I genuinely believe that this is a real risk.

Last year, our own force misogyny survey told us that female colleagues are still experiencing behaviours that we must all collectively start to identify and challenge more quickly and robustly, and we committed to do that.

However, the volume of finalised misconduct cases, where predominantly male colleagues have been found guilty of gross misconduct and criminal offences relating to the abuse of their position for sexual gain, inappropriate sexual behaviour and conduct towards colleagues and victims, is unacceptable.

In my personal opinion, this provides evidence that this is not just an issue for the Metropolitan Police Service, it is a broader policing issue.

I know there are wider issues in society, and the proposition that policing reflects this to some extent has been made. I have also heard colleagues cite how other sectors (such as teaching, nursing, and doctors) have all had their individual cases where their position of trust has been used to cause harm.

However, I strongly believe this is a hollow and indefensible position to take. One that fails to recognise the unique position that policing has in a liberal democracy.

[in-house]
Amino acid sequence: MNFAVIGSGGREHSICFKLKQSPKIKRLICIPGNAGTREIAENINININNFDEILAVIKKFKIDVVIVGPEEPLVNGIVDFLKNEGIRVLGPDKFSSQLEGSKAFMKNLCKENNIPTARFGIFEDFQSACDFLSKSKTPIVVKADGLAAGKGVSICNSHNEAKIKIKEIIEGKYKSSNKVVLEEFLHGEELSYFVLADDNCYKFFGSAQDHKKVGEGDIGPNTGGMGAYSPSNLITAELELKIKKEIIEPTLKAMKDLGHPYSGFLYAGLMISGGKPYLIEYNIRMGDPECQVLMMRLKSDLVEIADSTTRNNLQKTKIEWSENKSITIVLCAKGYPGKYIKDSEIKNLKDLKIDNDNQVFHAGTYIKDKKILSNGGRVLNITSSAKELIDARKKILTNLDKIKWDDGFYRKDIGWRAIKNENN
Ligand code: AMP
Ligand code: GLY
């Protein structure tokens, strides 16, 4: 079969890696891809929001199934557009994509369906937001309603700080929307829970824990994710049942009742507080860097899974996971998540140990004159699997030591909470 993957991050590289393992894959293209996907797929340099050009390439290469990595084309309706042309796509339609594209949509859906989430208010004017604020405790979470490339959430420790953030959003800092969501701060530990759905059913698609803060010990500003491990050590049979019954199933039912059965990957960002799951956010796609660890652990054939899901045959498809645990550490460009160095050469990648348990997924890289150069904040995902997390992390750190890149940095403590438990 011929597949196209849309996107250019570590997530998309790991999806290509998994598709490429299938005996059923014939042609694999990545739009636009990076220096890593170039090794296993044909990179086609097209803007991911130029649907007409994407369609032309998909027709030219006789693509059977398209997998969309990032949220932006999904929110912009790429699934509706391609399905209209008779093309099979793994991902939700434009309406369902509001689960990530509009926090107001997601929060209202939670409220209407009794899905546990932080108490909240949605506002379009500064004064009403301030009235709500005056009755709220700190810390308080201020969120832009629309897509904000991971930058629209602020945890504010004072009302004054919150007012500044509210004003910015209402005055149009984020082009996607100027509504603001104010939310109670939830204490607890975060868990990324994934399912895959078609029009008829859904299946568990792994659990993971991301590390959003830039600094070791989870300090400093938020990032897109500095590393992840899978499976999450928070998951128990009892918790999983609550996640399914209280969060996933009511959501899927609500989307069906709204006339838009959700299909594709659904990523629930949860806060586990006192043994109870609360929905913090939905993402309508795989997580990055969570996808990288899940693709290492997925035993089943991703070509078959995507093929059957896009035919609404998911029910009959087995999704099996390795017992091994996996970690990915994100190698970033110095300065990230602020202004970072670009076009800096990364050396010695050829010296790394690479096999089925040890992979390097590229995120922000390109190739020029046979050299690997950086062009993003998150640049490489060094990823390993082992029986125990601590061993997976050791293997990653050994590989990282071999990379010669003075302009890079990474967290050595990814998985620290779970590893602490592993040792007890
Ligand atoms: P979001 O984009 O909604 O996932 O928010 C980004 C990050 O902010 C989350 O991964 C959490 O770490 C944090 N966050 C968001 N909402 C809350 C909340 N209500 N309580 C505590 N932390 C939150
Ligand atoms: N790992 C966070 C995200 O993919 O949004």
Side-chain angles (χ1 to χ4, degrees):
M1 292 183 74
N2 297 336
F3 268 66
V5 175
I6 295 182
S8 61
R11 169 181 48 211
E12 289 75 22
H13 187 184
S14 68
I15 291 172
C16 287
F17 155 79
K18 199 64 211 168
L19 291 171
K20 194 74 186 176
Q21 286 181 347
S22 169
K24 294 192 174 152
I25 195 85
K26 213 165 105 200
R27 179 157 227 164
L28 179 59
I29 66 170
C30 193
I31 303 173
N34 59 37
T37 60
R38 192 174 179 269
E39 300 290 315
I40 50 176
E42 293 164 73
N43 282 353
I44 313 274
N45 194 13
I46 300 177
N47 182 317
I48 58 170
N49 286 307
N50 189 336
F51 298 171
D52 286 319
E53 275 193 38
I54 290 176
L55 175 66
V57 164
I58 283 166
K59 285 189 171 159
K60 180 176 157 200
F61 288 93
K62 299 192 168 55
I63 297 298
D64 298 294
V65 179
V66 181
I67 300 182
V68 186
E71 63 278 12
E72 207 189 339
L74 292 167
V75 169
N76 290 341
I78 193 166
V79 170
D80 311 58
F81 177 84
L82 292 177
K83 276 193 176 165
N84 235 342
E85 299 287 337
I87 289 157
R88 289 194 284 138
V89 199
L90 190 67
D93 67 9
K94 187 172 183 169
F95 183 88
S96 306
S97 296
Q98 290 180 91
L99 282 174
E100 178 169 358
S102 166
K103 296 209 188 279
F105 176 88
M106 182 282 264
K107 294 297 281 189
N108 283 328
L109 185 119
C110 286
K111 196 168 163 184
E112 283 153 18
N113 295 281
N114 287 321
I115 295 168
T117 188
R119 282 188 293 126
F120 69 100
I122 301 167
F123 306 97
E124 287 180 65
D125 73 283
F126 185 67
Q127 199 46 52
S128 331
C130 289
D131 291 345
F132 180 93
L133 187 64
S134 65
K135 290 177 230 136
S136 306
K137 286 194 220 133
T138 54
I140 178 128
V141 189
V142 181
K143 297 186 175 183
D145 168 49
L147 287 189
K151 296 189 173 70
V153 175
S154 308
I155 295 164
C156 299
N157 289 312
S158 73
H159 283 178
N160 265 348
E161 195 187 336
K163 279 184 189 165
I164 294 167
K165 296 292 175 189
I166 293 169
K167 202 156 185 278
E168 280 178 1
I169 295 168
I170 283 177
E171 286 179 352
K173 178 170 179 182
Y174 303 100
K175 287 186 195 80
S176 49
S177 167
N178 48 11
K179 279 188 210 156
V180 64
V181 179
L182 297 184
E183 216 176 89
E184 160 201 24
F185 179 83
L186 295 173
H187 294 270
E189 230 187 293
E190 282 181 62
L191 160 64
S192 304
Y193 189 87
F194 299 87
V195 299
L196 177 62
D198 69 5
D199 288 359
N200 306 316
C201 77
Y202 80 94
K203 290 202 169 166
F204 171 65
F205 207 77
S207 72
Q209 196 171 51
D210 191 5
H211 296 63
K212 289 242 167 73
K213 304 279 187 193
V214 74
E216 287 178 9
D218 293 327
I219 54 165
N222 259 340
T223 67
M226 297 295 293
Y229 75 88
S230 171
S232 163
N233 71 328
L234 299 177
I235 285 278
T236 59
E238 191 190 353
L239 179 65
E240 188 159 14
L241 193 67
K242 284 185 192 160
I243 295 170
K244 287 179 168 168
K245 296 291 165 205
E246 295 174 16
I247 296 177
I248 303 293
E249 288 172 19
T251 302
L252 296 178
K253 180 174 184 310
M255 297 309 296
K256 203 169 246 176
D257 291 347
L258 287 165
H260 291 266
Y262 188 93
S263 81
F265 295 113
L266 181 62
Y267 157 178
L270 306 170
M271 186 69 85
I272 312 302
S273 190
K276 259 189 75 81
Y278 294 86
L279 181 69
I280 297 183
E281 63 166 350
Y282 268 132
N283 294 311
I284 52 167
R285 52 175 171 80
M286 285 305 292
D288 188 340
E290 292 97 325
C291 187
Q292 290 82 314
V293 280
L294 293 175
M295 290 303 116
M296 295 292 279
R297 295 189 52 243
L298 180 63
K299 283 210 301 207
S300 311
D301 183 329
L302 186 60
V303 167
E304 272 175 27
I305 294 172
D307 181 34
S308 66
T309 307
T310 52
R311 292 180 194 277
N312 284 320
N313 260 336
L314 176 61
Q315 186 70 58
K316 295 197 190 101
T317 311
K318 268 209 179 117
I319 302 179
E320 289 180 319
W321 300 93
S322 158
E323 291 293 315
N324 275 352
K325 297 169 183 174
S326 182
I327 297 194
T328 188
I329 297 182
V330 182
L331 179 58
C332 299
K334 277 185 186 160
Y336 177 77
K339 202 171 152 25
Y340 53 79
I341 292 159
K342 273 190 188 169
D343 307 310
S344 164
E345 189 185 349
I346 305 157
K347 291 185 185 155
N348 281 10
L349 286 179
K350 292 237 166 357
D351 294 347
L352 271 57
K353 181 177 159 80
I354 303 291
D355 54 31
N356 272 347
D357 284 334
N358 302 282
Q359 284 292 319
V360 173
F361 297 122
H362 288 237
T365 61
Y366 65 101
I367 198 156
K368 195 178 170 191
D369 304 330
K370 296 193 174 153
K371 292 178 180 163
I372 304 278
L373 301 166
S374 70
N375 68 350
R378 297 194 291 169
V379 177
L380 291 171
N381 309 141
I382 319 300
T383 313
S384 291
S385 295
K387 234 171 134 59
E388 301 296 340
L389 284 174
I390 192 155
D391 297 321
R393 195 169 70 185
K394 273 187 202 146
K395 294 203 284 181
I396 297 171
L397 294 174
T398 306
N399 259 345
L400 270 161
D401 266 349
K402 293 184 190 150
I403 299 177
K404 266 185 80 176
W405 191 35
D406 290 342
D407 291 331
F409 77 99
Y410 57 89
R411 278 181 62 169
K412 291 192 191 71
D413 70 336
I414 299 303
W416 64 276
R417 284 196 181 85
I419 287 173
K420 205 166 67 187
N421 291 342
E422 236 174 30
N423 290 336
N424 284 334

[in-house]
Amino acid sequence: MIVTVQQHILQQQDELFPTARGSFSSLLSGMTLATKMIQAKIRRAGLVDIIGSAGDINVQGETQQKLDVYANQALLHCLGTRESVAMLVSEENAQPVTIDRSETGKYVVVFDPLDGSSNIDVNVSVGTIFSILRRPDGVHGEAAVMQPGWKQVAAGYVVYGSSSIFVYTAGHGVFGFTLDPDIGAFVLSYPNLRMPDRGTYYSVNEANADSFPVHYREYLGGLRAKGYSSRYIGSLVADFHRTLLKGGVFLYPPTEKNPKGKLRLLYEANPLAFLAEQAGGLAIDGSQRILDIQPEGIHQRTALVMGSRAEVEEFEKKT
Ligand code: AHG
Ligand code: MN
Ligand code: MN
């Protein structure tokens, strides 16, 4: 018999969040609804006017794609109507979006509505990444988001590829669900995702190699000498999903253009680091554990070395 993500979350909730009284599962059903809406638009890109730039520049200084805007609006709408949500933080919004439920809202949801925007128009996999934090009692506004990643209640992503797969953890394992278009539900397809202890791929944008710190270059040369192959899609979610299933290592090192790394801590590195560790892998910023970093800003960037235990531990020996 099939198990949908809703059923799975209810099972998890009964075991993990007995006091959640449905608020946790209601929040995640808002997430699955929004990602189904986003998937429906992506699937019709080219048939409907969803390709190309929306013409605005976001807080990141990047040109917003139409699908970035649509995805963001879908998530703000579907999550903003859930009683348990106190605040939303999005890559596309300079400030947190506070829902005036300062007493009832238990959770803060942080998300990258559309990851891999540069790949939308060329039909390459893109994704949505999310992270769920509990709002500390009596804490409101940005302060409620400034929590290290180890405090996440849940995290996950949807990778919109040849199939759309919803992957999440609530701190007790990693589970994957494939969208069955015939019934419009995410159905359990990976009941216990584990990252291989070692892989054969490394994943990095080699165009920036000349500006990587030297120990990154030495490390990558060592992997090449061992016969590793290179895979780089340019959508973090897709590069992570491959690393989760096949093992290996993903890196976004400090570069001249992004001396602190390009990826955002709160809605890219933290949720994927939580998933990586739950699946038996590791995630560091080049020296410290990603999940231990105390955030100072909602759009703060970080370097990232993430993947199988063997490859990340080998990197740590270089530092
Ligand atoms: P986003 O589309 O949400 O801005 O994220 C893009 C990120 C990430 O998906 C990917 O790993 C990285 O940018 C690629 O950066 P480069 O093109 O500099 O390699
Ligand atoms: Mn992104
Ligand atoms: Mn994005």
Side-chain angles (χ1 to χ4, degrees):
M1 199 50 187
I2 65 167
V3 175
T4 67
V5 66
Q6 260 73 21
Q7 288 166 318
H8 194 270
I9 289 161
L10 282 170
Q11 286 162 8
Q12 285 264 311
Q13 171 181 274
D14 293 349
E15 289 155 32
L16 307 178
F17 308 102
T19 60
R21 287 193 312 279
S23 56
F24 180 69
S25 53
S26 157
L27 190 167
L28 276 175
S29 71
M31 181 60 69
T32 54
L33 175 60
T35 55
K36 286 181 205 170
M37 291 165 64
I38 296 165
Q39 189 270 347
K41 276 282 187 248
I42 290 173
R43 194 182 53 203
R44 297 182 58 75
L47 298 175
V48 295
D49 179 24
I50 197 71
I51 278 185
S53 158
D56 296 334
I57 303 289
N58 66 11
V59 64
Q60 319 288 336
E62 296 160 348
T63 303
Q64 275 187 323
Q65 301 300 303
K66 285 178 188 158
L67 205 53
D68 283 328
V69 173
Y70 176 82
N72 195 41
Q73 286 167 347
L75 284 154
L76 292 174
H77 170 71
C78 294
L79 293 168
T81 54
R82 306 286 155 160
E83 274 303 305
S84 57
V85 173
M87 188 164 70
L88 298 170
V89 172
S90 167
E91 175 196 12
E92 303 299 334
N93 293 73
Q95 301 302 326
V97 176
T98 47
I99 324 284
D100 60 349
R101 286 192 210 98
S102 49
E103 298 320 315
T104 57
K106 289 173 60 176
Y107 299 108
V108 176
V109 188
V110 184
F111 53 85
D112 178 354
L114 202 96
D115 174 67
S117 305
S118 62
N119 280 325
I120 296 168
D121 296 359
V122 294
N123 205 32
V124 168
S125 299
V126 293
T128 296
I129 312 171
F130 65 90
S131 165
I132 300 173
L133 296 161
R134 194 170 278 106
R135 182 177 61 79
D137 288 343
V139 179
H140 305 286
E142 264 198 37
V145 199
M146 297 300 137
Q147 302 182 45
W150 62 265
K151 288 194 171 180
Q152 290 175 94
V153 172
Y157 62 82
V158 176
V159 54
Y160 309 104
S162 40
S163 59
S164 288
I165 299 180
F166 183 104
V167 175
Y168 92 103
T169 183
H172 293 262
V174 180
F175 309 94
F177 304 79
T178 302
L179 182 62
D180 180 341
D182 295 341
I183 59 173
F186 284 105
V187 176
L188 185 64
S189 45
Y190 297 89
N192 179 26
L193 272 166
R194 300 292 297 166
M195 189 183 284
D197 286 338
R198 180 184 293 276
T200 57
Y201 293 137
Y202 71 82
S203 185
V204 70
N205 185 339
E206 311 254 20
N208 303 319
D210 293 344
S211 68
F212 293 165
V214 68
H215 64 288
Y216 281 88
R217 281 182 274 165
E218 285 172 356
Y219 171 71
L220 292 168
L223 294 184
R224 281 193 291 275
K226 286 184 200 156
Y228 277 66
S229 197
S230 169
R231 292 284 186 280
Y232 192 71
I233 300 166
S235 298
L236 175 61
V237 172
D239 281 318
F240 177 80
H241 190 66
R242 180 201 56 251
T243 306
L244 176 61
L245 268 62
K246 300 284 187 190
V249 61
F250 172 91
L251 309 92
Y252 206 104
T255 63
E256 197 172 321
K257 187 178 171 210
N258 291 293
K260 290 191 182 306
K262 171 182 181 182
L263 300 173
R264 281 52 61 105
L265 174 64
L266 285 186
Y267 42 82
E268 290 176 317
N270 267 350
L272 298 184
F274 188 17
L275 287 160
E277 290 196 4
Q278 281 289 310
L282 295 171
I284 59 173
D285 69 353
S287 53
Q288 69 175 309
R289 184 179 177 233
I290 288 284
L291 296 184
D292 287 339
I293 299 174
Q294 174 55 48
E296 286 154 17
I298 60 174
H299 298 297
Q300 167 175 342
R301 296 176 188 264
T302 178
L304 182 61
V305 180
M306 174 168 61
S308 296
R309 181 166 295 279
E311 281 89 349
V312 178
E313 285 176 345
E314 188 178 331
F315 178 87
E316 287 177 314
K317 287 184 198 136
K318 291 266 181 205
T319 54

As member of the police service, many of us have the right to take away another person’s liberty, by the use of force if necessary, and detain them for up to an initial 24 hours.

This power is conferred to us on the basis that everyone of us is completely trusted.

Right now, I feel that this trust has been severely damaged.

So, without scaremongering (as that is genuinely not my intention) I need us all to reflect and understand how the impact of events in London, affect our communities and how we are perceived here in Humberside.

I genuinely believe that the future of policing by consent is under threat, unless we regain public trust and confidence in the behaviour of every single one of us.

It has been reported that women and girls are saying they would not approach a male officer in the street if they needed help, citing that they are not certain they can trust them.

I am certain that this is not a situation any of us wish to be in.

Moving forward, from where we are now, we have to recognise that one single incident can tarnish the reputation of many, unless we start to recognise where we are and what we need to all do to alter these perceptions.